The narrower the lane the more conscious a driver becomes of their immediate environment and consequently the lower their speed.
    With the, granted small, savings on each road lane you gain a little space for the addition of a cycle lane at least on one side of the road.
    The next thing that can be done for a small investment is add timber “curbs” at similar intervals as normal white broken lines.

    1. Paint is not protection

      What could be done quickly is dropping those concrete sleeper/divider things down to have segregated cyclelanes, you don’t need to re landscape the entire road. and yes, then you just have to move the lane markings inwards

      It’s mental that wide median strips are seemingly considered essential for safety everywhere at the expense of cycling

      1. It is not protection but even a painted lane is a large improvement over going around parked cars all the time.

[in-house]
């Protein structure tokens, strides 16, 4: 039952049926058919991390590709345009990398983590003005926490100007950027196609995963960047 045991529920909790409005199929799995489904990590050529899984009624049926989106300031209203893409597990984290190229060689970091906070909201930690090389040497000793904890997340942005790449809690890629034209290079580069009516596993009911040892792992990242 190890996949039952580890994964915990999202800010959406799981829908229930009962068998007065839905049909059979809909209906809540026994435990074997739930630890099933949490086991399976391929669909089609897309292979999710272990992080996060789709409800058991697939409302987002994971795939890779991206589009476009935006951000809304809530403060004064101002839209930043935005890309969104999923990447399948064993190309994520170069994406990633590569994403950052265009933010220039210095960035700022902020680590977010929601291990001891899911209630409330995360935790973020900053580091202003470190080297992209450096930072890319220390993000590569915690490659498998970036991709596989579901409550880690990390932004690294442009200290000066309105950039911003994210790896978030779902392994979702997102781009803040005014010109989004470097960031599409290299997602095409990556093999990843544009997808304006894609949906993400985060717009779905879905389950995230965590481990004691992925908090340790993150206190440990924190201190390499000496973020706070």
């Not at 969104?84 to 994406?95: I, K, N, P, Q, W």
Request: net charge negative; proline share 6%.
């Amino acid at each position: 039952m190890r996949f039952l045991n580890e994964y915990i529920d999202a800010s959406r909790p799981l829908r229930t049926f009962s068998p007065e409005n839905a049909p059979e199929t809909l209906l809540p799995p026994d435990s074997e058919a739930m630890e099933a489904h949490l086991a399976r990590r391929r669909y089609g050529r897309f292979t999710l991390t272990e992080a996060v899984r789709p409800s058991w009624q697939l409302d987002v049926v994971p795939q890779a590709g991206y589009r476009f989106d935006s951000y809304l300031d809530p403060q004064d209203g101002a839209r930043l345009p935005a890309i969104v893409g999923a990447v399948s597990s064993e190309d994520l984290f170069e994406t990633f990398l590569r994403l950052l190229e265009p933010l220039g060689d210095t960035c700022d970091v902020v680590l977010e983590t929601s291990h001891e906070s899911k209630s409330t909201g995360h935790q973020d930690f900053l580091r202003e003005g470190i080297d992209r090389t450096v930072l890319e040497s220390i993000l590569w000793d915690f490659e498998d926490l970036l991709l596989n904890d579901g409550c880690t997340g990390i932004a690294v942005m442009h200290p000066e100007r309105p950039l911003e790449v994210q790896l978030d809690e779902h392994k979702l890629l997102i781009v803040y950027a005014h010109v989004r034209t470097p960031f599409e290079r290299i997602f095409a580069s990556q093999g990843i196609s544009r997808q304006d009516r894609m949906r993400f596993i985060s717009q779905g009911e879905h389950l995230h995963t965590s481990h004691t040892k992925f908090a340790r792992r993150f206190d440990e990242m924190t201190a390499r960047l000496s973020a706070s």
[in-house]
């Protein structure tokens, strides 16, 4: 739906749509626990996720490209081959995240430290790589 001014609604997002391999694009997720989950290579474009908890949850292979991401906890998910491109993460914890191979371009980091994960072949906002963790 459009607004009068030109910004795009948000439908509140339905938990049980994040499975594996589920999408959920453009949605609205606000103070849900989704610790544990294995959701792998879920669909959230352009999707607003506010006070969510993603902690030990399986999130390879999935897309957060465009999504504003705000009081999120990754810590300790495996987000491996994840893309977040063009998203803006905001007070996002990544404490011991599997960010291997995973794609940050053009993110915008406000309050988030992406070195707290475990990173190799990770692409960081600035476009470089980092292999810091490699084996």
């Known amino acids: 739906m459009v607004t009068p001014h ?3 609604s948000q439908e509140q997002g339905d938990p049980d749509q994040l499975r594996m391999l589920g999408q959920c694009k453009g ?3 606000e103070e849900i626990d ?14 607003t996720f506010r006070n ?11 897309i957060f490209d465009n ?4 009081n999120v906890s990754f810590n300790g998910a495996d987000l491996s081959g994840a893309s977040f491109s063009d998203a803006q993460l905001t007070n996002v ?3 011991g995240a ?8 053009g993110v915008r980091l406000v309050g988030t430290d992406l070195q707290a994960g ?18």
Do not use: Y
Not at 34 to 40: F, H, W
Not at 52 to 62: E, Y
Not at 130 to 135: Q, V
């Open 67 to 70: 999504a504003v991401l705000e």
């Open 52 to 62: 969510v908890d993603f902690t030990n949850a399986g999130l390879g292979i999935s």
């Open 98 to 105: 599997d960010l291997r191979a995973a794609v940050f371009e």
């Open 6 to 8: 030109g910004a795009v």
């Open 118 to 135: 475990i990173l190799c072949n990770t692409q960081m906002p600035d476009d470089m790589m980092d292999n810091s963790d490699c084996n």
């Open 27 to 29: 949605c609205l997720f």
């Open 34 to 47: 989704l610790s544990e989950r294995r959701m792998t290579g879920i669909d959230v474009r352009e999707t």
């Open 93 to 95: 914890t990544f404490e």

But yeah they might just as well add a line of concrete blocks, that should work pretty well in town centres since they don’t have a lot of driveways on main streets.

  5. One of the reasons I seldom drive now is my shoulders and neck are stiff and quite sore. This makes parking difficult particularly parallel parking. If I go to the supermarket I go at a quiet time. In fact I would rather find an easy parking place I can drive in and out off without reversing and walk than try and negotiate a tight space next to my destination. And less chance of an accidental bump. I sometimes use on street parking but really it wouldn’t worry me to much if there was none around shopping centres. I have no trouble taking the bus though and walking and carrying home most of my necessities. And the best part is its free and the exercise is beneficial.

    1. As a London resident without a car, I haven;t been to the supermarket here for years thanks to the delivery services each chain has. Can highly recommend never having to bother with that hassle again, although I am not sure what Countdown etc charge for delivery